Mr Radebe welcomed the input from Dr Molefe. The Committee would give his board space to prepare a comprehensive report. There were certain things that had to be done. That R50 billion had been an opportunity cost for SA as it could have built schools, clinics and hospitals. Anyone who had done that was unpatriotic and patriotic citizens had to do something. Something had to be done about the rot. Those people had to be charged immediately. Something had to be done about the rot in SoEs. The Committee could not wait until after the Zondo Commission. Where there was evidence of thieving, those people had to account.
 
Ms Mantashe seconded Mr Radebe. The President had said that people must be prepared to fight corruption as it started to raise its ugly head. She assured Dr Molefe that the EFF would not rule SA. It would be the ANC.
 
The Chairperson noted that it was good to have a light moment but the Committee needed to get on with the matter.
 
Mr Mahlobo welcomed the presentation and the interlinkages. He commended the Chairperson on his unpopular task but correct choices he was making. He encouraged him to follow a multi-pronged approach. Accountability should be the norm. Corruption and fraud should be addressed. The law enforcement agencies should be able to dedicate capability to dealing with Transnet. Disclosure of highly organised crime needed the correctly skilled investigators as a case would depend on the quality of the investigation and evidence.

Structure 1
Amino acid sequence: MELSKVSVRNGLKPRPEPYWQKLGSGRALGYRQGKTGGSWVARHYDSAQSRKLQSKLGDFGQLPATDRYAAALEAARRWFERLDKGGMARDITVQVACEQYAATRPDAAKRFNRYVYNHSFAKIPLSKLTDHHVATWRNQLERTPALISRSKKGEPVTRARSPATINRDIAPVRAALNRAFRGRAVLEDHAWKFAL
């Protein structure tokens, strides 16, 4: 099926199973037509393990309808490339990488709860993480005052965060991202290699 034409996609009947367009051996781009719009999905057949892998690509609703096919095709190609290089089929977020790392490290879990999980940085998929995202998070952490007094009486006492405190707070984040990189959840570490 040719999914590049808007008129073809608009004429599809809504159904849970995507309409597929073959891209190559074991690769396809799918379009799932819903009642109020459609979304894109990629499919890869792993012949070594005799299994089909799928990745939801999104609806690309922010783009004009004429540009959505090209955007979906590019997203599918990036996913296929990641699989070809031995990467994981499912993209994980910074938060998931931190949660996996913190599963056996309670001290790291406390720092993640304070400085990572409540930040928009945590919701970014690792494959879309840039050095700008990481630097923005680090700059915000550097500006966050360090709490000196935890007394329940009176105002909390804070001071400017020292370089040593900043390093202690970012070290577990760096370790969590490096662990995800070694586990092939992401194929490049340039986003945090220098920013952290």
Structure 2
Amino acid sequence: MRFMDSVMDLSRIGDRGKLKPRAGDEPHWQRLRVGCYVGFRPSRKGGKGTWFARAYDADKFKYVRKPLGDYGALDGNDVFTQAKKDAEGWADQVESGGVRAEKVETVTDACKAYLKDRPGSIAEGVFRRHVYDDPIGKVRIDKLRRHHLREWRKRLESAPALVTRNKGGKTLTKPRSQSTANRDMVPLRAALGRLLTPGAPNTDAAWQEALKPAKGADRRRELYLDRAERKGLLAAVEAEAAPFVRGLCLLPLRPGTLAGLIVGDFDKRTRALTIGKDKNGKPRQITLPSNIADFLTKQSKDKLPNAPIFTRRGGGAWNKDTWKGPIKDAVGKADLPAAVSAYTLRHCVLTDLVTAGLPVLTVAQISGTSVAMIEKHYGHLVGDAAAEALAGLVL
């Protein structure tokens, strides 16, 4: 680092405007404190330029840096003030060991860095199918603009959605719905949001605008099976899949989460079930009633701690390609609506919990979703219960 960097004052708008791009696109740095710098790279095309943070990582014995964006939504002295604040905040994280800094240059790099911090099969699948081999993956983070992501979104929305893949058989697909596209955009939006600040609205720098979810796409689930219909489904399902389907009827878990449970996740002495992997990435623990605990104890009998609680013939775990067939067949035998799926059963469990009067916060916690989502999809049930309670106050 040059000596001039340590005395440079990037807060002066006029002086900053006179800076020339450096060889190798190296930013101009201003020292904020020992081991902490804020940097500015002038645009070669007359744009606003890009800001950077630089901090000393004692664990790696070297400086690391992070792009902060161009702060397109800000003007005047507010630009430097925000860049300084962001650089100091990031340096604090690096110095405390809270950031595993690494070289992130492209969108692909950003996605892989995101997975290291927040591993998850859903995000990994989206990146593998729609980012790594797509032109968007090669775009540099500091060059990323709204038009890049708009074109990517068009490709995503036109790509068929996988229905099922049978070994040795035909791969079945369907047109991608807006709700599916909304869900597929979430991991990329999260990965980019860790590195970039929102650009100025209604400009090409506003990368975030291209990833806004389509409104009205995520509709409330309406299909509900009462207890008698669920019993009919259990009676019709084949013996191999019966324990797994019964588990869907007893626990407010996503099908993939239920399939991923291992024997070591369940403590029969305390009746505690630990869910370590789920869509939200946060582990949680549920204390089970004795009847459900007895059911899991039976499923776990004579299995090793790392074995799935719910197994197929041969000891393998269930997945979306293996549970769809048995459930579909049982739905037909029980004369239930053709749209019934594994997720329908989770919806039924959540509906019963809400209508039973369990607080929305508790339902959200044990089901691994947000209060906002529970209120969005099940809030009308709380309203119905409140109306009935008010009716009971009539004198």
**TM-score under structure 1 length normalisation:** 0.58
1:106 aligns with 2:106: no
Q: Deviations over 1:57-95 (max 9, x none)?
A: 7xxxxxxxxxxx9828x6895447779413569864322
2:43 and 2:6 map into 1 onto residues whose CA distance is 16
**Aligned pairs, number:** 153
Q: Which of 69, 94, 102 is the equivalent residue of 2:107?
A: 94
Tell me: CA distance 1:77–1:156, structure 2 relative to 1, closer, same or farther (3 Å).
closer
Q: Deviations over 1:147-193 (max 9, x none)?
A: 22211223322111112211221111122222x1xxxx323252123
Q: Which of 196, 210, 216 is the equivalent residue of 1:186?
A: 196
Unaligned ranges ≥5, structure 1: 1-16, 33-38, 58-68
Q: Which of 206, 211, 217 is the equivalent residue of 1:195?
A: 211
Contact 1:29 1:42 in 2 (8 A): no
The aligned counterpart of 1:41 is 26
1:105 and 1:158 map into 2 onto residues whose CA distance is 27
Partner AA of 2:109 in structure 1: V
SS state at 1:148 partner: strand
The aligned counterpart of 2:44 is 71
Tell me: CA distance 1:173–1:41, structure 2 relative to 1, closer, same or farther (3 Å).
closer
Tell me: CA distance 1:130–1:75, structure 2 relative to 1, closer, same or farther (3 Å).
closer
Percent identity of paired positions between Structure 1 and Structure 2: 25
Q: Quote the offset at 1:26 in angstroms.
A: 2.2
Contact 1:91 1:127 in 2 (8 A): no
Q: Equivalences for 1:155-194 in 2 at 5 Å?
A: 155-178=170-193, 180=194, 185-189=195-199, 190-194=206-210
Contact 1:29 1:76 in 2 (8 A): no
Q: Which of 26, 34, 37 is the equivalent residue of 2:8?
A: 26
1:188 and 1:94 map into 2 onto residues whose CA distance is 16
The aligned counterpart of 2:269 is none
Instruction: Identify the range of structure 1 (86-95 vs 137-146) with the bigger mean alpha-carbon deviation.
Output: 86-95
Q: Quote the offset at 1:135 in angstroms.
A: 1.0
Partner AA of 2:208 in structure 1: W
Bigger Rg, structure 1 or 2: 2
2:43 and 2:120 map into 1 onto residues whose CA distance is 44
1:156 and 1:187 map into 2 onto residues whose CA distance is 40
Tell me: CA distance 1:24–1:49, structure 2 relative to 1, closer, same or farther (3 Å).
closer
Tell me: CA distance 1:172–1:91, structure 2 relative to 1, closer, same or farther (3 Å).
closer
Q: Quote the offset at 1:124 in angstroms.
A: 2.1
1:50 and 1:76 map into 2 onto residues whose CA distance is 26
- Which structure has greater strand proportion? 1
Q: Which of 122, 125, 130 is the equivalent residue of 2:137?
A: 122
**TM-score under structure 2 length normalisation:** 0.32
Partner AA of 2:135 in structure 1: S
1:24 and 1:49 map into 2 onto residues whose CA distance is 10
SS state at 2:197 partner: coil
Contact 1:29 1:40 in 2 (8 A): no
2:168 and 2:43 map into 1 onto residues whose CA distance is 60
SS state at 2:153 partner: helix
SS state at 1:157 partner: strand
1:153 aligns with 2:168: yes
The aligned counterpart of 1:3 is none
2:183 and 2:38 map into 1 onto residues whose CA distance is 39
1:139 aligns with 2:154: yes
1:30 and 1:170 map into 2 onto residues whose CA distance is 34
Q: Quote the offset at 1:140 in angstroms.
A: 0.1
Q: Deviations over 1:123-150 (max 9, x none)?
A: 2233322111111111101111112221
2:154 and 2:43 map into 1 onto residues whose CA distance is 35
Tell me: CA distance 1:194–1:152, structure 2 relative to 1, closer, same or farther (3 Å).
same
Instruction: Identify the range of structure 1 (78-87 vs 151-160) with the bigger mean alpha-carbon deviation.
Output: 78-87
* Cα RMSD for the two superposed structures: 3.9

Mr Mahlobo said that the board should not lose sight of the role that it had to play as a leader of society and the development of infrastructure. SA ought to be able to assemble locomotives and trains for Africa. The books were distorted because of corruption but SA should not miss the opportunity to take on work for African countries. He offered the full support of the Committee and asked the members of the board to be resolute as they were doing SA a service.
 
He appreciated the Committee Chairperson’s explanation of the reason why the inquiry should not go forward because he did not want people to think that the ANC did not want to root out corruption. The board had to be given a chance while Deputy Chief Justice Zondo would also root out corruption through the Commission.
 
Ms Ntlangwini thanked Dr Molefe. She said that he needed to act and to give the Committee case numbers of people who had been charged for looting the state. People who had looted could not continue to be paid by the state. She believed that he would not succumb to intimidation.
 
Dr Molefe responded to the questions on consequence management. Transnet had terminated the contract of Mr Gama, the former CEO. Two people had been released: the CEO of Transnet Property because of those shenanigans there and the Treasurer of Transnet who had been working closely with Regiment and Trillion. Transnet had suspended Thamsanqa Jiyane, the Chief Officer of Advanced Manufacturing of Transnet Engineering and Lindiwe Mdletshe the Senior Manager of Strategic Sourcing for Transnet Freight Rail. The company had suspended Mr Edward Thomas, the Group General Manager of Finance and previous Chief Procurement Officer.